Simple Amplifier Design
We can get a lot of information from the IV curve. When we are designing an amplifier, we can operate the transistor at the flat portion in the middle of the IV curve known as the saturation region. If we make Vds too high, any positive voltage swing will break the device. If Vds is too low, any negative voltage swing will turn off the device. Some applications actually require the device to turn on or off, like flip-flops and other digital logic circuits.
So, assume we operate the device in the middle of the IV-Curve. Using the curve we can design a simple amplifier such as the circuit shown above. Transitioning from the device’s physical layout to the drawing, one can see the gate, drain, and source notated as G, D, and S respectively.
Let’s see how this circuit works! – The capacitor on the input blocks DC from going into Vin but passes RF. The two resistors on the gate set the DC gate voltage with a voltage divider. The Rd and Rs set the drain voltage. These handful of resistors set the resting, or quiescent bias of the transistor. When an RF signal passes through the capacitor, it swings the gate voltage positive and negative about the gate bias. This then swings the drain current about its bias. Finally, as Ohm tells us a resistor with a current through it drops a voltage, Vout measures a voltage corresponding to the voltage drop across the device. Assuming we chose correct resistor values, we should end up with a bigger voltage than what we started with, and viola, amplification.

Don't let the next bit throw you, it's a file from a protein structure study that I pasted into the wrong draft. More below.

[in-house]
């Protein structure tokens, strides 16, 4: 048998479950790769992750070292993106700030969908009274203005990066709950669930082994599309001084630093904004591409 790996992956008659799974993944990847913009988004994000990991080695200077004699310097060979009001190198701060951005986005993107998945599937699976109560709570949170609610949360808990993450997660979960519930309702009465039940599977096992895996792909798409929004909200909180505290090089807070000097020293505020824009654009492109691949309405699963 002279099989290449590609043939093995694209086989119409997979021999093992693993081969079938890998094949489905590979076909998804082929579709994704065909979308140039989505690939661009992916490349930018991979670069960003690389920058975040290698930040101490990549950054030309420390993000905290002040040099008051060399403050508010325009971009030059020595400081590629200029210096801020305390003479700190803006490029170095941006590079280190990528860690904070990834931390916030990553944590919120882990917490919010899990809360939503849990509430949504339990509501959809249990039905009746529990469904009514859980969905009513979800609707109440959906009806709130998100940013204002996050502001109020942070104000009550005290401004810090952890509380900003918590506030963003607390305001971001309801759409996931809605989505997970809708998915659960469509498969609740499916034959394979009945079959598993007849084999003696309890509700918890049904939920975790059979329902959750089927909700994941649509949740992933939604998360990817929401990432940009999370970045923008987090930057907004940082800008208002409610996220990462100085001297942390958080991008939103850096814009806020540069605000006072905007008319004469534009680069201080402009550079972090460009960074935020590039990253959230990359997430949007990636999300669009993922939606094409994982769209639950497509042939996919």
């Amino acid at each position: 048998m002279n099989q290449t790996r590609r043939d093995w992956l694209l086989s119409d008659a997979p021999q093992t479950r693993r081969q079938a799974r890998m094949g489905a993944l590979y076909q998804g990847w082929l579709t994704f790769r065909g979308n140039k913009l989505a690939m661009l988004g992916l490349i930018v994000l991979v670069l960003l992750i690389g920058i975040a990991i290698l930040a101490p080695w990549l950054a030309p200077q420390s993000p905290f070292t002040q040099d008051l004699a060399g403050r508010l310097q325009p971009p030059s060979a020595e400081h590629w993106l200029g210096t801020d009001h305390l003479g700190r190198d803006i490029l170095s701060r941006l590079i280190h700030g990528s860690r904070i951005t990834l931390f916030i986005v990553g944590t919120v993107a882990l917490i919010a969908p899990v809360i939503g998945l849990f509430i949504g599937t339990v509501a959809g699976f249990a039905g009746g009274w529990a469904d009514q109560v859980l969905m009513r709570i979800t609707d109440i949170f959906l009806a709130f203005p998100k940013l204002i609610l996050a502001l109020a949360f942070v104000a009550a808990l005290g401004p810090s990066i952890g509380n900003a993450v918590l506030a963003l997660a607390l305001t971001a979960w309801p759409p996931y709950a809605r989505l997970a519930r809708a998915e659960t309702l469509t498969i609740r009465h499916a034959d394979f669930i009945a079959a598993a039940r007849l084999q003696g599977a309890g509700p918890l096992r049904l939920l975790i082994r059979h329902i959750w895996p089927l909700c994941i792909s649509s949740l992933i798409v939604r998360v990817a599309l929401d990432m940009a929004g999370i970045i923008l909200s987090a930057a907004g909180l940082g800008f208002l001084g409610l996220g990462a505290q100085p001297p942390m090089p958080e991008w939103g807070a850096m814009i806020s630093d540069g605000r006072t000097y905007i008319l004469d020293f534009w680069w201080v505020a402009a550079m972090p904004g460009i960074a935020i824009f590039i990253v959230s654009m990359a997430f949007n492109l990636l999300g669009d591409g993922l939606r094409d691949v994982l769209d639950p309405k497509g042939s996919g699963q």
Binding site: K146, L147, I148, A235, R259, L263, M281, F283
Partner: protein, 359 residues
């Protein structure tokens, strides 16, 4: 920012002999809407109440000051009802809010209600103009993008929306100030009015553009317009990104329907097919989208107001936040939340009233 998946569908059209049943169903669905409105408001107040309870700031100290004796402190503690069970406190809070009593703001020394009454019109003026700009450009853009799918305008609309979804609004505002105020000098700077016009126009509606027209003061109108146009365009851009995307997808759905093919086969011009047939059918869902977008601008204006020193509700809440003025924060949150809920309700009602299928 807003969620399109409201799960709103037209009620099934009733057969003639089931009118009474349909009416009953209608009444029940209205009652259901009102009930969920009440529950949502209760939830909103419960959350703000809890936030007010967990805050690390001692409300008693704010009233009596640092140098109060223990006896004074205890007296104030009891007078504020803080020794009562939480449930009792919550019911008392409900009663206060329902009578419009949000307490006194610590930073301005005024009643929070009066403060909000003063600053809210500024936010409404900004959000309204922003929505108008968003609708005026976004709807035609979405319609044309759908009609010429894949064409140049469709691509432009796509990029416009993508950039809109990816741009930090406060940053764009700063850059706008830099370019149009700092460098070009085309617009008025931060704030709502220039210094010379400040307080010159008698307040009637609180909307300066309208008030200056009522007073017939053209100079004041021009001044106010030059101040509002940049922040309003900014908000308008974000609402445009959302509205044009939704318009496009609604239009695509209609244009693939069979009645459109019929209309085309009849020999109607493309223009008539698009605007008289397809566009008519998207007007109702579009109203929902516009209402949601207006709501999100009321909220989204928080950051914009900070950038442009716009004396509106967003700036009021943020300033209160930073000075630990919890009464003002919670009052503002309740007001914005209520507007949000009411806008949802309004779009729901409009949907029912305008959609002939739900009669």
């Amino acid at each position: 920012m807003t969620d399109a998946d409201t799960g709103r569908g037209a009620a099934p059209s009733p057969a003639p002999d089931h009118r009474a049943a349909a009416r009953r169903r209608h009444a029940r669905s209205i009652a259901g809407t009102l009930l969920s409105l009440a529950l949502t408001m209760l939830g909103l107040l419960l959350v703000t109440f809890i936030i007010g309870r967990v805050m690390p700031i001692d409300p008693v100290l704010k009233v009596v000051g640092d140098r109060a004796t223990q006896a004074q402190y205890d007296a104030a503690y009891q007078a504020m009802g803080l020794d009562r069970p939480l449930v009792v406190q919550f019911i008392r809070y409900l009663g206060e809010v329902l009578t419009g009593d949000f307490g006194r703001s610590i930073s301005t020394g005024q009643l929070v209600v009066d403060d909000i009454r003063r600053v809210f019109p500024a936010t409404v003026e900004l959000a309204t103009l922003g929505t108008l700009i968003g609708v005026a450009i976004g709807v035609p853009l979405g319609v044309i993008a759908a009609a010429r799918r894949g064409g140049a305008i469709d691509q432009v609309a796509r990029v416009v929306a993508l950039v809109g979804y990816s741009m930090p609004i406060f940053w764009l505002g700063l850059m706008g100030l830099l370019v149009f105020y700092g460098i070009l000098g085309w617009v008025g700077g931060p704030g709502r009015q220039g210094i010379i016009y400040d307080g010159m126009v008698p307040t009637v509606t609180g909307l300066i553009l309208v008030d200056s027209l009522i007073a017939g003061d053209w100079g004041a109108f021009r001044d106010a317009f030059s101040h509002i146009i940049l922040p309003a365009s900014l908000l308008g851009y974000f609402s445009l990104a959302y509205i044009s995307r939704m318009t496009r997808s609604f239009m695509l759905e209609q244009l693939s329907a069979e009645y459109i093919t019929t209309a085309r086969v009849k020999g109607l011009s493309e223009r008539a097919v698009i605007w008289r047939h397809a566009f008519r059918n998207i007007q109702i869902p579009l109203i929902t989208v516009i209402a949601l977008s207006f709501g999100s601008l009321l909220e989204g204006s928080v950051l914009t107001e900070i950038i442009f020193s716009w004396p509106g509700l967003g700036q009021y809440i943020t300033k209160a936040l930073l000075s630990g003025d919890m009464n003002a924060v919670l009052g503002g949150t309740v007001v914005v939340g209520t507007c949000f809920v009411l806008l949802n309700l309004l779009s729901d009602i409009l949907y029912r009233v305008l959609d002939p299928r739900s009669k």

Classes of Operation and High Power Effects
Before we go any further, we have to briefly discuss efficiency. Turning on the transistor with a bias takes power. Even when there is no signal on the input and no amplification, the device is consuming energy just heating up. Power is when voltage and current overlap (thanks Watt!). So, if there is current flowing into the drain of the device while there is a voltage across the drain to source, the transistor is heating up and drawing power.